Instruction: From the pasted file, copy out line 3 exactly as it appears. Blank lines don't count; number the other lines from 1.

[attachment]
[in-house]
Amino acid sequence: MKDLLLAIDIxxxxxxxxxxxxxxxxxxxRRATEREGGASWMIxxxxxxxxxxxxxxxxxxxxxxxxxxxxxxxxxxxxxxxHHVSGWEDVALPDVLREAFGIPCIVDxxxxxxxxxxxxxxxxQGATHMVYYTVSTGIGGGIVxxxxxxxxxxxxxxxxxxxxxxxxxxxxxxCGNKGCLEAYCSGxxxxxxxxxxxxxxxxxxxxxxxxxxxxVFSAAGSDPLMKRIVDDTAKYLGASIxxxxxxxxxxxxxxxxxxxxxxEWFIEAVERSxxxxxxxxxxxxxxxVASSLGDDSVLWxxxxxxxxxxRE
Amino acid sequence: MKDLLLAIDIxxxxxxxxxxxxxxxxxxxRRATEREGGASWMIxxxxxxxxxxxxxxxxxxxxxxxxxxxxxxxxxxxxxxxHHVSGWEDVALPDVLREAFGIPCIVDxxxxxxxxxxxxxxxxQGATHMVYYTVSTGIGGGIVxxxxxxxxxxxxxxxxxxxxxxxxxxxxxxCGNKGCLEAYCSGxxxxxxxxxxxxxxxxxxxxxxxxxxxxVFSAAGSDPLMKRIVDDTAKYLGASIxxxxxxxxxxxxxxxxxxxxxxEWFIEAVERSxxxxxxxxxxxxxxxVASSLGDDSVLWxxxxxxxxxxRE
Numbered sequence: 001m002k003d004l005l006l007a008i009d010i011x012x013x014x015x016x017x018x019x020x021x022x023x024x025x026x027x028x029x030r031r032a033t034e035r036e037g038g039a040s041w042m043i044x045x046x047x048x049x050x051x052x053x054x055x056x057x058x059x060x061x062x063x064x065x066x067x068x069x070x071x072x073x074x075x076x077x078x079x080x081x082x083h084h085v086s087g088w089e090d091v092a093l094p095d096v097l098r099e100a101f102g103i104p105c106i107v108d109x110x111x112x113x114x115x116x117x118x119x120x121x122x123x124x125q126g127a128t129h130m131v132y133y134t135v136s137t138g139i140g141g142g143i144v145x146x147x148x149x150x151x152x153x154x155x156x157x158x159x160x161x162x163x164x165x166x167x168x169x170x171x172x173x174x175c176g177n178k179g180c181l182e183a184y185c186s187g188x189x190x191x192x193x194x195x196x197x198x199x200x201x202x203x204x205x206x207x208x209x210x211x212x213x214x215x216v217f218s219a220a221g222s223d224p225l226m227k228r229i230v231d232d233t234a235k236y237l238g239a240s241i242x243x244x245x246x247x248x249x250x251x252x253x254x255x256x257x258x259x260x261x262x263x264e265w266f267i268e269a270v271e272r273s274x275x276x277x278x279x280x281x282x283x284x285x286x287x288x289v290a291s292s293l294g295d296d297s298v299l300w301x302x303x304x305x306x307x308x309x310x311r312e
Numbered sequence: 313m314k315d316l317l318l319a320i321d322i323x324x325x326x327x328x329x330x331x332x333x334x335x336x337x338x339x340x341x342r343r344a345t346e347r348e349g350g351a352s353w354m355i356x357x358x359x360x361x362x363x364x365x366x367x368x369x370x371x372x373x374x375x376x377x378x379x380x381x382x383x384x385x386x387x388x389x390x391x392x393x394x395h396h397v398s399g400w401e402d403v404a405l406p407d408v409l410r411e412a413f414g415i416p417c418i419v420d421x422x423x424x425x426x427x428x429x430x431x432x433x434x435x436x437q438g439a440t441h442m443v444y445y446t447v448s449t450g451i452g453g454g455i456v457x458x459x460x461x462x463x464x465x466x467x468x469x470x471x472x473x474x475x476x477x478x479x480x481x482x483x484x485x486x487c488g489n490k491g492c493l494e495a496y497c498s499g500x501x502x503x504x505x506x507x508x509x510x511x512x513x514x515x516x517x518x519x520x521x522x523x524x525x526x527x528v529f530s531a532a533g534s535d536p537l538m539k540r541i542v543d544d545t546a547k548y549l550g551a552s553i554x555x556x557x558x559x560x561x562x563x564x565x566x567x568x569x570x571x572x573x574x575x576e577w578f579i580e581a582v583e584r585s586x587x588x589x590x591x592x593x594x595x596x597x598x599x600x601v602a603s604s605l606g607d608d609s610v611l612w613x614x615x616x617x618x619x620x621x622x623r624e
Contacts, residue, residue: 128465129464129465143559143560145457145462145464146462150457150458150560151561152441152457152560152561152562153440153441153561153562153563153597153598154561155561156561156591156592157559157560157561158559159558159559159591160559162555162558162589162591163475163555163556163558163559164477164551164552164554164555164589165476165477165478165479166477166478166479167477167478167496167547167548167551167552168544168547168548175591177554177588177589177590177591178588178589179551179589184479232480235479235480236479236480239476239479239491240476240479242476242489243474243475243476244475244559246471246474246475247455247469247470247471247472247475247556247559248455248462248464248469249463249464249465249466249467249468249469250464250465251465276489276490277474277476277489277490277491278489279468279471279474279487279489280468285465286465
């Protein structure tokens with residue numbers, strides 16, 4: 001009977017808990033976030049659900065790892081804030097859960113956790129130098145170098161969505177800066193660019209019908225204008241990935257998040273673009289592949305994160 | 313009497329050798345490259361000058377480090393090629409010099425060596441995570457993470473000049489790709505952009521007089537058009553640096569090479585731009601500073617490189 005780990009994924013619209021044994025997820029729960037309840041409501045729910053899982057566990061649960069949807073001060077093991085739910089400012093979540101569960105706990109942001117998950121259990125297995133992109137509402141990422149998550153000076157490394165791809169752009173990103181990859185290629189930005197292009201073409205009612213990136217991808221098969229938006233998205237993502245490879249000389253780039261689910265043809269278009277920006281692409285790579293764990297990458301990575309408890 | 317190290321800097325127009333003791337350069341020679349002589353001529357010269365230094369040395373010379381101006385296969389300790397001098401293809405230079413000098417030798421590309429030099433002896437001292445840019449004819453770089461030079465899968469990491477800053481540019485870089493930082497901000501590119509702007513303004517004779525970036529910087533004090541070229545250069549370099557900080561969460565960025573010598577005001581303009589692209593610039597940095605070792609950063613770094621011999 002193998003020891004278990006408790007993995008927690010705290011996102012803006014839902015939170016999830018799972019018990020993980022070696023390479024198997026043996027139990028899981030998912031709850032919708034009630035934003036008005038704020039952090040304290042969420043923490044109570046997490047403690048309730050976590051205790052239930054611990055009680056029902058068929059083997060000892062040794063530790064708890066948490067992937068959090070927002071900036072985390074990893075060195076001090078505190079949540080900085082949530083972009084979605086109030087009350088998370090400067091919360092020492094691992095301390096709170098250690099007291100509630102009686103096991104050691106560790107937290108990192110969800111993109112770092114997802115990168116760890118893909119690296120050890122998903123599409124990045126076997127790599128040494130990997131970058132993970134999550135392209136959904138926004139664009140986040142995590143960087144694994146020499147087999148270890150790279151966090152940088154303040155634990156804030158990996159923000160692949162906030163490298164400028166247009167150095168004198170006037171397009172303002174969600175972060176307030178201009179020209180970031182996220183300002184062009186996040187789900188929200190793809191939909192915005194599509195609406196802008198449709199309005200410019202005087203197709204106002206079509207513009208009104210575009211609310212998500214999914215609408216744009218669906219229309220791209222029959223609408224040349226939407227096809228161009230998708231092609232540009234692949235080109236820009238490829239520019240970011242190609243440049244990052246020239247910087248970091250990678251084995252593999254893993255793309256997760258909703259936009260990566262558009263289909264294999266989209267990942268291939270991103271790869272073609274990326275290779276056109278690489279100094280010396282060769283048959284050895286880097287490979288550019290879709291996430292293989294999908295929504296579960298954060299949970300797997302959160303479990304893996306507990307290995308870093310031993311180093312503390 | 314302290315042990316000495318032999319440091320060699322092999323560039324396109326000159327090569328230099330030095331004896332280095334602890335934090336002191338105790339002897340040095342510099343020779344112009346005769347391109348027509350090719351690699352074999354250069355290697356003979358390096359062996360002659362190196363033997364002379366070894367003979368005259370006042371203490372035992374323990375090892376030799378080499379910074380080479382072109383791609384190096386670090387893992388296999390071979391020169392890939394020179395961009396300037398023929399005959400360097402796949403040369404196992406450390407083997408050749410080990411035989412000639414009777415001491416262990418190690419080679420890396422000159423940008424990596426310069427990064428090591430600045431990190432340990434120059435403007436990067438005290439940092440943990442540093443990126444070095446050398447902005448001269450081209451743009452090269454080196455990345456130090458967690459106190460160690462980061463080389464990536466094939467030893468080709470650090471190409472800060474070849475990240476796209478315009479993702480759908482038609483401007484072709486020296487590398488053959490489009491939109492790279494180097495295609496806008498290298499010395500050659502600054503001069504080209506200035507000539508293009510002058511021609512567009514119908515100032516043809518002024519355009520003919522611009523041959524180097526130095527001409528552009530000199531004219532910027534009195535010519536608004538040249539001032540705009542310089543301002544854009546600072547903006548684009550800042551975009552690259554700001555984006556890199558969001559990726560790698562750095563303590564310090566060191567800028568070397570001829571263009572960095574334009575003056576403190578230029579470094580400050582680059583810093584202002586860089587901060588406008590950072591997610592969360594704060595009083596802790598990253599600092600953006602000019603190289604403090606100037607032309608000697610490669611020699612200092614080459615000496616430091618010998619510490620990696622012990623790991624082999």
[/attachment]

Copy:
Amino acid sequence: MKDLLLAIDIxxxxxxxxxxxxxxxxxxxRRATEREGGASWMIxxxxxxxxxxxxxxxxxxxxxxxxxxxxxxxxxxxxxxxHHVSGWEDVALPDVLREAFGIPCIVDxxxxxxxxxxxxxxxxQGATHMVYYTVSTGIGGGIVxxxxxxxxxxxxxxxxxxxxxxxxxxxxxxCGNKGCLEAYCSGxxxxxxxxxxxxxxxxxxxxxxxxxxxxVFSAAGSDPLMKRIVDDTAKYLGASIxxxxxxxxxxxxxxxxxxxxxxEWFIEAVERSxxxxxxxxxxxxxxxVASSLGDDSVLWxxxxxxxxxxRE